Therapeutics - Pediatrics: Nutrition 1
Home > Preview
The flashcards below were created by user
on FreezingBlue Flashcards.
What is the dose of MVI for pediatrics?
- <2.5 kg = 2mL/kg
- >2.5 kg = 5 mL
- > or = to 11 yrs = 10 mL
How does pediatric MVI differ from adult?
- No propylene glycol
- More fat soluble vitamins = ADEK
If a patient over = to or > 11 years is receive TPN for > 2 weeks, what supplementation is required in addition to MVI?
What is the significance of adding additional Cysteine to pediatric TPNs?
- Conditionally essential AA
- Acidifies the bag, increasing the amount of Ca and phosphorus that can be dissolved
What are the common complications of TPN in pediatrics?
- Line complications
When is Cholestasis expected to arise after commencement of TPN?
2 weeks to 2 months
What lab values indicate Cholestasis?
Gtt and direct bilirubin increases, followed by Increased AST and ALT
What are the treatments for pediatric TPN induced Cholestasis?
- Cycling of TPN
- Withdrawal of TPN
- Enteral feeding
- Ursodial (Actigall)
- Cholestyramine (Questran)
What is the brand name for Ursodial?
What is the generic name for Actigall?
What is the generic name for Questran?
What is the brand name for Cholestyramine?
How is TPN induced osteopenia treated in pediatrics?
Give as much Ca, Phosphorus and Vitamin D as possible
Why is enteral nutrition better than parenteral?
- Maintains GI functional and structural integrity
- Decreased bacterial translocation
- Enhanced utilization of nutrients
- Ease and safety of administration
- Decreased hepatobilirary complications
- Less expensive
What are the contracindications to enteral feeding?
- Necrotizing enterocolitis (infected bowel)
- GI obstruction
- Intestinal atresia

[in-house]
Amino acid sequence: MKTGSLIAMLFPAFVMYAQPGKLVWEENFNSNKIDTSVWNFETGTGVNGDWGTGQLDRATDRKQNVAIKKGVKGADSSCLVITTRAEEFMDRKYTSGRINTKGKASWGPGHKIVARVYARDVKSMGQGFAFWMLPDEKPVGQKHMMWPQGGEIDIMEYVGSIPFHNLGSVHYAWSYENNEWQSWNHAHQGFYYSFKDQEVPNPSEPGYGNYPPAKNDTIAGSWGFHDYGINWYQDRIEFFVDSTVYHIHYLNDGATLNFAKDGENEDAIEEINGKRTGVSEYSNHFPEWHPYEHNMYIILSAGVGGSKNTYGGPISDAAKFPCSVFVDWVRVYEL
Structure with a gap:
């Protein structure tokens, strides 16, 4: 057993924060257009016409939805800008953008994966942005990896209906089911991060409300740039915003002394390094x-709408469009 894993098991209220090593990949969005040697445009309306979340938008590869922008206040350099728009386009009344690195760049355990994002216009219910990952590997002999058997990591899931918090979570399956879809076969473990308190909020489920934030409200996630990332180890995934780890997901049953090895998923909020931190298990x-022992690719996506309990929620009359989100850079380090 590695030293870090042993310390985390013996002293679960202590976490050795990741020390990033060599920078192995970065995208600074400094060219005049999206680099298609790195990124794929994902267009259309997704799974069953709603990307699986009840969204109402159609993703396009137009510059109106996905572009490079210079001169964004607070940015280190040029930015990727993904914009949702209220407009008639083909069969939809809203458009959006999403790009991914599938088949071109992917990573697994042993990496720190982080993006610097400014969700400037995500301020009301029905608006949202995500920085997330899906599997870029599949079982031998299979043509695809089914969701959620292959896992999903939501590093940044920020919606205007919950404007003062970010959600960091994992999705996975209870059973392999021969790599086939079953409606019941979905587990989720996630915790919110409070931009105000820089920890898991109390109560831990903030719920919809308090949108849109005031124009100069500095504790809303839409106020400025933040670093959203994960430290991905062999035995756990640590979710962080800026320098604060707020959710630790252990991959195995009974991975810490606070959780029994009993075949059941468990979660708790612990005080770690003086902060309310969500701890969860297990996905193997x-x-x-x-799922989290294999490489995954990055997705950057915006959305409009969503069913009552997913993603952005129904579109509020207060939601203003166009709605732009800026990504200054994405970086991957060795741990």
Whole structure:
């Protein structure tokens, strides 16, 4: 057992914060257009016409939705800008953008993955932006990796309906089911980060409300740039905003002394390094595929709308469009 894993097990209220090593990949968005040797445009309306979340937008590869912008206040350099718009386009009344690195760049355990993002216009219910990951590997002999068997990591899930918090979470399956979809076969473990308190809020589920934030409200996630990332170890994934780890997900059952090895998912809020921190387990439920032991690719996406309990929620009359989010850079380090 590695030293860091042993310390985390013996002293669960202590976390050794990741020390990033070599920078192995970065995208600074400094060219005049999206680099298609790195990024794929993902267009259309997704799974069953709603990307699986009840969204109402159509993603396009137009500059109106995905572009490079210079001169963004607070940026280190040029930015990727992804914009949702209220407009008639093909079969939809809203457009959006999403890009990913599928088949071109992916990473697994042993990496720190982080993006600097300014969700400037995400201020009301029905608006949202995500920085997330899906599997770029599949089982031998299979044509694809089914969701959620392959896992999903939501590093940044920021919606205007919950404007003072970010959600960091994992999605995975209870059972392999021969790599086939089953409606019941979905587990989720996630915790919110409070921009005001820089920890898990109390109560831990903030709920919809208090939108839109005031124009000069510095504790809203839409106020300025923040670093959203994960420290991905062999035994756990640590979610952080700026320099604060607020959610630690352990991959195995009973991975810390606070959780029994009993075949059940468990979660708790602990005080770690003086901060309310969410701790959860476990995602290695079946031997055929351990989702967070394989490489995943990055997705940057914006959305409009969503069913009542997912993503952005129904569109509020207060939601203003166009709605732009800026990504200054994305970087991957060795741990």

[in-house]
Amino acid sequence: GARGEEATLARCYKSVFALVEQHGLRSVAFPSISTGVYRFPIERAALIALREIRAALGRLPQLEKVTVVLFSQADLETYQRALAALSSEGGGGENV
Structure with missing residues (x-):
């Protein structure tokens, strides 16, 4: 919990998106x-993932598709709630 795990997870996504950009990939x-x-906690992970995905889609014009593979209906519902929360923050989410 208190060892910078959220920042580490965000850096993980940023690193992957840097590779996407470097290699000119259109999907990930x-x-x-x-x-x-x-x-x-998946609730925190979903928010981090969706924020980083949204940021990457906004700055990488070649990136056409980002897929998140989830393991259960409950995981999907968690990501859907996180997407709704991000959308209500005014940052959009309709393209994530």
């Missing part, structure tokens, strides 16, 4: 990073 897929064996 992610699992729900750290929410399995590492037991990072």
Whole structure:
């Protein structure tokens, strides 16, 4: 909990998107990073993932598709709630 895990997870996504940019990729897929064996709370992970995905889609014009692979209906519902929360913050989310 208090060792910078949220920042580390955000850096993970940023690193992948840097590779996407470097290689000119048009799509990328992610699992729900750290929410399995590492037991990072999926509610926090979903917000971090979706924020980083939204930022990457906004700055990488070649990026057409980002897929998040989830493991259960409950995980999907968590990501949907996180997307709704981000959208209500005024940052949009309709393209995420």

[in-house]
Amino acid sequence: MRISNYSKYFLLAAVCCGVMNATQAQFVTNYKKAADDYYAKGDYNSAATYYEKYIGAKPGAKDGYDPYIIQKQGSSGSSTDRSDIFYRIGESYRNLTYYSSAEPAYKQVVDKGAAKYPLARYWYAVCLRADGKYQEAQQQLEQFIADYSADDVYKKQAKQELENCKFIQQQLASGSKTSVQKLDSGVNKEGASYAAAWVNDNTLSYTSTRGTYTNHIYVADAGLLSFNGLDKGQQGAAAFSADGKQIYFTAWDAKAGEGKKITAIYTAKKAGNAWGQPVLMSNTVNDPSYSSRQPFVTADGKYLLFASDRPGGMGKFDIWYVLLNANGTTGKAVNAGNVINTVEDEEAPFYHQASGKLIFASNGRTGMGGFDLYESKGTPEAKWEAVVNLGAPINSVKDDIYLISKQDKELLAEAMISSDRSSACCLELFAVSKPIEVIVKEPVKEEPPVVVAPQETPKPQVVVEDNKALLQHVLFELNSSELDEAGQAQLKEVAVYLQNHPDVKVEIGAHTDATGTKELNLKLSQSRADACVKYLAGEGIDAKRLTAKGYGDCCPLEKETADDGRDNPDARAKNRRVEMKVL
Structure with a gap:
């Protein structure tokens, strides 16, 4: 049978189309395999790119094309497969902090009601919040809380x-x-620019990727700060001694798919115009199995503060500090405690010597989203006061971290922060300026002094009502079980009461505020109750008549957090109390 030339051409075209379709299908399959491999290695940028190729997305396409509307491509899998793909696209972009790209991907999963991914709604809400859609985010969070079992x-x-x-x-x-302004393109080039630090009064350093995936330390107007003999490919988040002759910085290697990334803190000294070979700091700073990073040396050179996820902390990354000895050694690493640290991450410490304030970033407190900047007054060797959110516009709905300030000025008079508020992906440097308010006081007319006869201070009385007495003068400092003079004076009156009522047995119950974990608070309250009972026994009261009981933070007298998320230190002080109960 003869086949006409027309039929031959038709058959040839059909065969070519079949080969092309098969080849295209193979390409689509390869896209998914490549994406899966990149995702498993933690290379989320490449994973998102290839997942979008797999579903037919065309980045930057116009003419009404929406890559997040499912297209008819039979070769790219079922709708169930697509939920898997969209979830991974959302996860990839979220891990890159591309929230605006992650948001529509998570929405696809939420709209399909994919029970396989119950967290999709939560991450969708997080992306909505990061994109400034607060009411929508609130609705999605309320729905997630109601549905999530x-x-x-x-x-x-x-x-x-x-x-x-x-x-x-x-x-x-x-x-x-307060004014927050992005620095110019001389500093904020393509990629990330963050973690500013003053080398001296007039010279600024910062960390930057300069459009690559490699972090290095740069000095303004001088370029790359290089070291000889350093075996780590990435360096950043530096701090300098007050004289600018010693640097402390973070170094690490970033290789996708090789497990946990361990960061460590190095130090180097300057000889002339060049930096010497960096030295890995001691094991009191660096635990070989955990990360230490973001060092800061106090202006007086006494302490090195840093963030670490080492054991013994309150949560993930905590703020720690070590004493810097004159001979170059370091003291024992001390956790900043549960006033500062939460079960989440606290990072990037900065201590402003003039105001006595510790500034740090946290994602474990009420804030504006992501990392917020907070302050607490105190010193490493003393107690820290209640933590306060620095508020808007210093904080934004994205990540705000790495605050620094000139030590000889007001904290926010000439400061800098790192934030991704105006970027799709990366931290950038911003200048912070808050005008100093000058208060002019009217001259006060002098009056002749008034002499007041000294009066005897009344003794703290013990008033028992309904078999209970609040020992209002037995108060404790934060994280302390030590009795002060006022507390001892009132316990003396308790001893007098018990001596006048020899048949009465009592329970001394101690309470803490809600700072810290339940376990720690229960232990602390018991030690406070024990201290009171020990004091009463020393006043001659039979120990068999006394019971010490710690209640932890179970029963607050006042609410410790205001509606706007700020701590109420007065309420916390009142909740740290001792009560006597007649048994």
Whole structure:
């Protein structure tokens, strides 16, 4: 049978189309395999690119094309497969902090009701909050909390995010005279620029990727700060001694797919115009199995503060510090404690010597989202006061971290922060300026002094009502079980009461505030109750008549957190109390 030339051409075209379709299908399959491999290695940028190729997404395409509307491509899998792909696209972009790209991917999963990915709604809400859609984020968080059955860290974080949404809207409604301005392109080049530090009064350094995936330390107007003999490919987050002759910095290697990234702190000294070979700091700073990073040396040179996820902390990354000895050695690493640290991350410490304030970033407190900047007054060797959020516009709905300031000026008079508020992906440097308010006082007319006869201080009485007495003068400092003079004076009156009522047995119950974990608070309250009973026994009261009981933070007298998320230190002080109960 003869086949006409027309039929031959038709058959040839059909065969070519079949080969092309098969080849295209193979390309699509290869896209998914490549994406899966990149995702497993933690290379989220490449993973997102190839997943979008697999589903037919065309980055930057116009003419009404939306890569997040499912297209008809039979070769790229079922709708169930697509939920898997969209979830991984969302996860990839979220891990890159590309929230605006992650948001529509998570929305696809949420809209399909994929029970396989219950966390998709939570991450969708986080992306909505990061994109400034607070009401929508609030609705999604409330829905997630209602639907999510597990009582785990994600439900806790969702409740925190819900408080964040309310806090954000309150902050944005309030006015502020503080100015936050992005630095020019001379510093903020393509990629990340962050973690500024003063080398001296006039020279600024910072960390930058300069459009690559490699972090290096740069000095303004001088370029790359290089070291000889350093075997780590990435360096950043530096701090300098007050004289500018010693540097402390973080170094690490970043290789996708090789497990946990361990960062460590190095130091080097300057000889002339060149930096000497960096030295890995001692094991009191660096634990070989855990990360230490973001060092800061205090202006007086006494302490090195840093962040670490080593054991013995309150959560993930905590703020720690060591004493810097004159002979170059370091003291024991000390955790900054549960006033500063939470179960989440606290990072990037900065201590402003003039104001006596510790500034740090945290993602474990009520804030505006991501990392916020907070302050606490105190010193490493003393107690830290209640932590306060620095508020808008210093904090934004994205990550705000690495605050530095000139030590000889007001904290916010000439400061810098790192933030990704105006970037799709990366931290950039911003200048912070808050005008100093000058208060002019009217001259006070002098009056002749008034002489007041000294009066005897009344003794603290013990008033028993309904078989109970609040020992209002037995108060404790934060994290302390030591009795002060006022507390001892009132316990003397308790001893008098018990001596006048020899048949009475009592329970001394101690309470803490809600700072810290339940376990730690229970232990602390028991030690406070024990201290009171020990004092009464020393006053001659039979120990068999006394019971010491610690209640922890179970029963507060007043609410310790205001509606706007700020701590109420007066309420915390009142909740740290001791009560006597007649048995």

- Severe inflammatory bowel disease
- Acute pancreatitis
What diseases are reduced when infants are breastfed?
- Crohn’s disease
- Diabetes mellitus
- Allergic gastroenteritis
- (all autoimmune diseases)
What are the CI to breastfeeding?
- Herpes or Syphilitic lesions
- Chicken pox
- Hep B
- Some meds
- Prematurity (< or = to 34 weeks)
What are the preterm formulas and how do they differ from normal formulas?
- Similac Special care and Enfamil premature formula
- More protein, more calorically dense (20-24 kcal/oz) and more Ca and Phosphorus
What are the transitional formulas?
- Help transition preterm babies to term milk:
- Neosure and Enfacare
What must a preterm infant receive if they are getting formula?
What formulas are partially hydrolyzed?
- Similac Sensitive
- Enfamil Gentlease
- Similac Total comfort
What formulas are soy based?
Prosobee and Isomil
What are the indications for Soy based formulas?
- Lactose intolerance
- Cow’s milk allergy
- Lactase deficiency
When would a partially hydrolyzed formula be indicated?
- Lots of spit up = potential protein allergy
What are the Casein hydrosylate based formulas used?
- When all other formulas are not tolerated
- Severe persistant GI disruption or diarrhea
What are the Casein hydrosylate formulas?
What are the elemental formulas?
What are Advance or Lipil formulas?
Contain extra FFAs associated with increased visual acuity (DHA and ARA)
What formulas are available for older children (for ages 1-10 years)?
Kindercal and Pediasure
What are the complications of formulas?
What are the daily caloric need of an infant?
What are the daily fluid needs of an infant?
Home > Flashcards > Print Preview